Title page for ETD etd-12182008-134215

Type of Document Dissertation
Author Gopalalkrishnan, Pradeep
URN etd-12182008-134215
Title Unsteady Aerodynamic and Aeroelastic Analysis of Flapping Flight
Degree PhD
Department Mechanical Engineering
Advisory Committee
Advisor Name Title
Tafti, Danesh K. Committee Chair
Ball, Kenneth S. Committee Member
Paul, Mark R. Committee Member
Sandu, Adrian Committee Member
Walters, Robert W. Committee Member
  • Aeroelastic analysis
  • Large Eddy Simulation
  • Flapping flight aerodynamics
  • Micro air vehicles
  • Boundary fitted moving grid
  • Hovering flight
  • Forward flight
  • Flexible flapping wing
Date of Defense 2008-12-08
Availability unrestricted
The unsteady aerodynamic and aeroelastic analysis of flapping flight under various kinematics and flow parameters is presented in this dissertation. The main motivation for this study arises from the challenges facing the development of micro air vehicles. Micro air vehicles by requirement are compact with dimensions less than 15-20 cm and flight speeds of around 10-15 m/s. These vehicles operate in low Reynolds number range of 10,000 to 100,000. At these low Reynolds numbers, the aerodynamic efficiency of conventional fixed airfoils significantly deteriorates. On the other hand, flapping flight employed by birds and insects whose flight regime coincides with that of micro air vehicles offers a viable alternate solution.

For the analysis of flapping flight, a boundary fitted moving grid algorithm is implemented in a flow solver, GenIDLEST. The dynamic movement of the grid is achieved using a combination of spring analogy and trans-finite interpolation on displacements. The additional conservation equation of space required for moving grid is satisfied. The solver is validated with well known flow problems such as forced oscillation of a cylinder, a heaving airfoil, a moving indentation channel, and a hovering fruitfly.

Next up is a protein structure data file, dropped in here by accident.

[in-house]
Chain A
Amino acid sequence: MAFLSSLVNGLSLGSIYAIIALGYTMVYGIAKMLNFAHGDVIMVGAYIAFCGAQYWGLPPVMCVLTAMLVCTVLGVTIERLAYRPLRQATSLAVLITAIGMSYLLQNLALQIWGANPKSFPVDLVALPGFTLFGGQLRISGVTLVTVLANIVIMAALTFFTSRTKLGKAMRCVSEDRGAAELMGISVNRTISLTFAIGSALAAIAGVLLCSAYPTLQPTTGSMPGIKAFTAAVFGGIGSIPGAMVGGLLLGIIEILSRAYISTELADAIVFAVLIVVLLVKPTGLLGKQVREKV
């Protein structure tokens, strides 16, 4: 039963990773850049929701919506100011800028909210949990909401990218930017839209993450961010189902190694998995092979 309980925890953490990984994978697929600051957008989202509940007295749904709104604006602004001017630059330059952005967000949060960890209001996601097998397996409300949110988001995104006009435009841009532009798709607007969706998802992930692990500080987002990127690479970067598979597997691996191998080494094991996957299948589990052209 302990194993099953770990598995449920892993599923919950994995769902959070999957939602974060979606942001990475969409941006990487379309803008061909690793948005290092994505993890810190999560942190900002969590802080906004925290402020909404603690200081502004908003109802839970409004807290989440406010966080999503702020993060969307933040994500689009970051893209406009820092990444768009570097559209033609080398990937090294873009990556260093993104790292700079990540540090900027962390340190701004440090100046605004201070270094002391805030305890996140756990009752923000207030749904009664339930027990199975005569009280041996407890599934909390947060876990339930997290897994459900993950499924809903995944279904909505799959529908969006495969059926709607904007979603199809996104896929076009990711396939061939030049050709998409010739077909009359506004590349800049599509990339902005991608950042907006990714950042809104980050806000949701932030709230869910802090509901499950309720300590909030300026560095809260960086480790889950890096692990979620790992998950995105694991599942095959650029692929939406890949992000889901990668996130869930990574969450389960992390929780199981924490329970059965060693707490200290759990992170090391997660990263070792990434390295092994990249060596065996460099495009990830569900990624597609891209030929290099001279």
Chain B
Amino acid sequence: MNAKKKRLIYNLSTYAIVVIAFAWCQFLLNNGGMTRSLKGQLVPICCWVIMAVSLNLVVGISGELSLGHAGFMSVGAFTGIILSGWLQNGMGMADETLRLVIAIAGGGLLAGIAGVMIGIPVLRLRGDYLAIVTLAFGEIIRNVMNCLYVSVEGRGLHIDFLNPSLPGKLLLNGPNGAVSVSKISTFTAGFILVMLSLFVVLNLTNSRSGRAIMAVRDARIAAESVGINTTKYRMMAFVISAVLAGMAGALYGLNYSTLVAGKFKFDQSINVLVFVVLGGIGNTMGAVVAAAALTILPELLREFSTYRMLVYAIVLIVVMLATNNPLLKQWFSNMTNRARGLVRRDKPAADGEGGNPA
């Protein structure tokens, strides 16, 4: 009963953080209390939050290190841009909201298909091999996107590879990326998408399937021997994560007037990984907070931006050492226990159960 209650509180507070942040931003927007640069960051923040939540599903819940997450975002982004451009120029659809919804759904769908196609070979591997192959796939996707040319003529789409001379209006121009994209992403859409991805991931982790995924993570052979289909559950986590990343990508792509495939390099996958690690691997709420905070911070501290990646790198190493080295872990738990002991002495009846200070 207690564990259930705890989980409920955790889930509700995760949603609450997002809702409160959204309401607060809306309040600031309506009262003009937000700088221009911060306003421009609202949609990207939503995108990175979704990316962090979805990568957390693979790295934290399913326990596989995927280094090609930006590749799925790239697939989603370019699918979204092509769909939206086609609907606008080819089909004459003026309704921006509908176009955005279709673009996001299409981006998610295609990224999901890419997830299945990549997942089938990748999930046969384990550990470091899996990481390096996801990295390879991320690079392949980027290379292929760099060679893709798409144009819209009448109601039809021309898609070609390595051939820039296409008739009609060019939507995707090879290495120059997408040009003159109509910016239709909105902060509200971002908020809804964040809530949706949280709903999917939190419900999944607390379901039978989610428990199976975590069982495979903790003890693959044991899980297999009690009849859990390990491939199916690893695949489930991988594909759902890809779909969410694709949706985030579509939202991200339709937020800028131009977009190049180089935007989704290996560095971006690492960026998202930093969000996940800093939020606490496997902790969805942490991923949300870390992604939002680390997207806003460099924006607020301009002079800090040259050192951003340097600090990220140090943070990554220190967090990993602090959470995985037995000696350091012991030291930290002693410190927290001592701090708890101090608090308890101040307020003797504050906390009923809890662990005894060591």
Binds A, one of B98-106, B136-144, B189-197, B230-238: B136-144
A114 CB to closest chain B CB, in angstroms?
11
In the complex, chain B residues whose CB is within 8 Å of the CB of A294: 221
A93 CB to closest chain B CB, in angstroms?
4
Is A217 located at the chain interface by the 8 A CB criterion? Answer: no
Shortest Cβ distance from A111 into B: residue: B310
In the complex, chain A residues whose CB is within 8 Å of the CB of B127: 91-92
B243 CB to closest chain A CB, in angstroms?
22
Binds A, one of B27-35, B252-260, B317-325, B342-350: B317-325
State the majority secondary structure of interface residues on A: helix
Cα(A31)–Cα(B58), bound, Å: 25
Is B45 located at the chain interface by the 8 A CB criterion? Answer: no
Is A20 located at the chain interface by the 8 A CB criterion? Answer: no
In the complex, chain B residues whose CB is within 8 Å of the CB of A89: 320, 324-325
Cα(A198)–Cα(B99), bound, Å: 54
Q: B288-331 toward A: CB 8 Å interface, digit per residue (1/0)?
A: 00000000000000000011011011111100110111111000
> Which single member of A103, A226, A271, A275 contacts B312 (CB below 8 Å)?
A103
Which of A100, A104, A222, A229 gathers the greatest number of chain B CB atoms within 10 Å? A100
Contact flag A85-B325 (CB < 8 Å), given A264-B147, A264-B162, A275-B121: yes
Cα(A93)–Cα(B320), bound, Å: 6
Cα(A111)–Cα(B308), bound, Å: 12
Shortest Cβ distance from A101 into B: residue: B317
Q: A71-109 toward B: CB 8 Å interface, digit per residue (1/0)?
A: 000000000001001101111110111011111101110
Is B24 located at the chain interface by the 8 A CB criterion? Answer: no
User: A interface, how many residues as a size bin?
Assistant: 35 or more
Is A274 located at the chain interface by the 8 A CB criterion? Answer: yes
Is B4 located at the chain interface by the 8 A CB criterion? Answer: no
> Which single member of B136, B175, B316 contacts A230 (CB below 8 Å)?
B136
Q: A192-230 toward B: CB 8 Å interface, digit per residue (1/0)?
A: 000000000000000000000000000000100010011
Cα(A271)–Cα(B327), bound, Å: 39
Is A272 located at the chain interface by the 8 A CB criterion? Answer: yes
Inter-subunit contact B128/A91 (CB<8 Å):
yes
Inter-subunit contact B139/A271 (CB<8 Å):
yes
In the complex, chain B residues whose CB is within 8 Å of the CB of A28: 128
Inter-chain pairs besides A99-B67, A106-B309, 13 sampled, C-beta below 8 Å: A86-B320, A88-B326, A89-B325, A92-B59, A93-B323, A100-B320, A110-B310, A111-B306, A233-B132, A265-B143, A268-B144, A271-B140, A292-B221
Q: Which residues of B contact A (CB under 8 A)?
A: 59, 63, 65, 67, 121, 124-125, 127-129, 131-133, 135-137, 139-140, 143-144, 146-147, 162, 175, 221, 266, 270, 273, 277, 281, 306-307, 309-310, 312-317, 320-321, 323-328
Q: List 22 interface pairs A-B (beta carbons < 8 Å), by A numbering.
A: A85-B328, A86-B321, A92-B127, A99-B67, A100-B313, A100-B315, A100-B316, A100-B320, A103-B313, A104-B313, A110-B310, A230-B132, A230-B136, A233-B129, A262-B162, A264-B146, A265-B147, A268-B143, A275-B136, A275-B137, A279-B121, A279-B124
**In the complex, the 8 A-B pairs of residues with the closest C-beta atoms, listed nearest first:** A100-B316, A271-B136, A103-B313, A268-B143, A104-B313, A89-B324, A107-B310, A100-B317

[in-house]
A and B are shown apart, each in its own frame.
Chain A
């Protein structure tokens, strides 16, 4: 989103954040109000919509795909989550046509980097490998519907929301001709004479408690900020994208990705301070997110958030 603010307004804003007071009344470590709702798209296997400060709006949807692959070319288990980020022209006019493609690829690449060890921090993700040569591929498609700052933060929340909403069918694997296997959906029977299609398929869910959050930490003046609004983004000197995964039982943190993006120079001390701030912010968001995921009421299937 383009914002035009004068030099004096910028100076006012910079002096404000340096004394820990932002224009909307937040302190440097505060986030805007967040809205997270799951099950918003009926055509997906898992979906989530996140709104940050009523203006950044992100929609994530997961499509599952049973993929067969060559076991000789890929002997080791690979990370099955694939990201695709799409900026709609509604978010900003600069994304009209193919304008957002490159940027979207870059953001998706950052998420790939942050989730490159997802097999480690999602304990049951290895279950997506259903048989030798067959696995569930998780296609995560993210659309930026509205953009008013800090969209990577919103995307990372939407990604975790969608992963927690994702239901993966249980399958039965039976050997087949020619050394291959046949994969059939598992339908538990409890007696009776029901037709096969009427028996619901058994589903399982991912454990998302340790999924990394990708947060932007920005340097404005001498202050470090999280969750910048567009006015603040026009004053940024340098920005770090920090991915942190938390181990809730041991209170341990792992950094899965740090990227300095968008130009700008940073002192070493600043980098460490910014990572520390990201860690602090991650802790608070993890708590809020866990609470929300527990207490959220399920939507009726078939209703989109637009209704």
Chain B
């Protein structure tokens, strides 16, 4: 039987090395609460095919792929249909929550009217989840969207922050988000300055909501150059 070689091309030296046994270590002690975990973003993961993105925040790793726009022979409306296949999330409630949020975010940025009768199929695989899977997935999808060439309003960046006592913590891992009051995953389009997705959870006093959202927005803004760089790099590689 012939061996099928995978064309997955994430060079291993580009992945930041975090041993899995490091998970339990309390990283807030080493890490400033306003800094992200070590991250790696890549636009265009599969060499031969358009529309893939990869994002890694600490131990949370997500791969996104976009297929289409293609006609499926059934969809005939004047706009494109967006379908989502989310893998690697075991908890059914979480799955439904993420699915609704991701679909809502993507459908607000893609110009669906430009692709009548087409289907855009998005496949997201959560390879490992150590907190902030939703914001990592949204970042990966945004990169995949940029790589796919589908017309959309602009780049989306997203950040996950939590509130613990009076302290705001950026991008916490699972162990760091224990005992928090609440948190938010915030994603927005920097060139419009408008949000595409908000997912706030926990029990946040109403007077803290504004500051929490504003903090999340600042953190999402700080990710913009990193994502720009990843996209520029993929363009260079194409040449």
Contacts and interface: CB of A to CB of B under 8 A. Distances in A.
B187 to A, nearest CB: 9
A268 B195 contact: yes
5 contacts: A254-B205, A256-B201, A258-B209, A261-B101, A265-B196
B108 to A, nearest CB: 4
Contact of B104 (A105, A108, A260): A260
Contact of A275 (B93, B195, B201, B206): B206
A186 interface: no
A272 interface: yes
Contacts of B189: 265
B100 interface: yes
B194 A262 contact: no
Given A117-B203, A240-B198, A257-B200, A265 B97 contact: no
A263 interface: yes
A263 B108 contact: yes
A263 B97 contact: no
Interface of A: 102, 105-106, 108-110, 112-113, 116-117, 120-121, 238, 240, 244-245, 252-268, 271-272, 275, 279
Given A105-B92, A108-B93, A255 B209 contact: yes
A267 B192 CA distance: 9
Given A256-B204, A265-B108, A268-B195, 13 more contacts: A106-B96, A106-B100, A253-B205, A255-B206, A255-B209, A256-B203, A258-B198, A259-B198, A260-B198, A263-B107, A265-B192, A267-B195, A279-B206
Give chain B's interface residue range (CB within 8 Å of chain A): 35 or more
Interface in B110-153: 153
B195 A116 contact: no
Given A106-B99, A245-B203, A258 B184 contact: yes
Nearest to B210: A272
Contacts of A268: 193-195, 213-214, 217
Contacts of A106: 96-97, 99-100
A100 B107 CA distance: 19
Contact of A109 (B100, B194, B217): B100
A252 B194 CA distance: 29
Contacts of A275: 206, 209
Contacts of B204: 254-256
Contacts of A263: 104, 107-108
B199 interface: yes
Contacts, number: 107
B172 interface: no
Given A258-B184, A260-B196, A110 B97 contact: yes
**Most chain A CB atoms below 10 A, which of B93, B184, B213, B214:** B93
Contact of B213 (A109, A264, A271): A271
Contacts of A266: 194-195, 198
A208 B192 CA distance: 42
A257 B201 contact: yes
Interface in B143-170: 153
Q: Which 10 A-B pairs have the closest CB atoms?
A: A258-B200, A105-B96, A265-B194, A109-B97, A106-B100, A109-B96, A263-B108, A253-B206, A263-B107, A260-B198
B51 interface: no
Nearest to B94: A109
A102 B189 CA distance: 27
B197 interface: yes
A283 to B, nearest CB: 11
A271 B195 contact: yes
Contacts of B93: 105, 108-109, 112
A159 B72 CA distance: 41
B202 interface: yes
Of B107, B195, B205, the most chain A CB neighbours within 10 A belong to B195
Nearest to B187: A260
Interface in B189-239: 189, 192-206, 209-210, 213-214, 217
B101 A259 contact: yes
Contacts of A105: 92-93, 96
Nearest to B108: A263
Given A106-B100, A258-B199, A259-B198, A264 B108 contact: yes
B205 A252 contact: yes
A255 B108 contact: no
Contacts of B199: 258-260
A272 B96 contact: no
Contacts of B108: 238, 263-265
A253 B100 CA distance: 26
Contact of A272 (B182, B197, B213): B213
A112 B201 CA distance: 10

The performance of flapping flight is analyzed using Large Eddy Simulation (LES) for a wide range of Reynolds numbers and under various kinematic parameters. A spiral Leading Edge Vortex (LEV) forms during the downstroke due to the high angle of attack, which results in high force production. A strong spanwise flow of the order of the flapping velocity is observed along the core of the LEV. In addition, the formation of a negative spanwise flow is observed due to the tip vortex, which slows down the removal of vorticity from the LEV. This leads to the instability of the LEV at around mid-downstroke. Analysis with different rotation kinematics shows that a continuous rotation results in better propulsive efficiency as it generates thrust during the entire flapping cycle. Analysis with different angles of attack shows that a moderate angle of attack which results in complete shedding of the LEV offers high propulsive efficiency. The analysis of flapping flight at Reynolds numbers ranging from 100 to 100,000 shows that higher lift and thrust values are obtained for Re?100. The critical reasons are that at higher Reynolds numbers, the LEV is closer to the surface and as it sheds and convects it covers most of the upper surface. However, the Reynolds number has no or little effect on the lift and thrust as identical values are obtained for Re=10,000 and 100,000. The analysis with different tip shapes shows that tip shapes do not have a significant effect on the performance. Introduction of stroke deviation to kinematics leads to drop in average lift as wing interacts with the LEV shed during the downstroke.

A linear elastic membrane model with applied aerodynamic load is developed for aeroelastic analysis. Analysis with different wing stiffnesses shows that the membrane wing outperforms the rigid wing in terms of lift, thrust and propulsive efficiency. The main reason for the increase in force production is attributed to the gliding of the LEV along the camber, which results in a high pressure difference across the surface. In addition, a high stiffness along the spanwise direction and low stiffness along the chordwise direction results in a uniform camber and high lift and thrust production.

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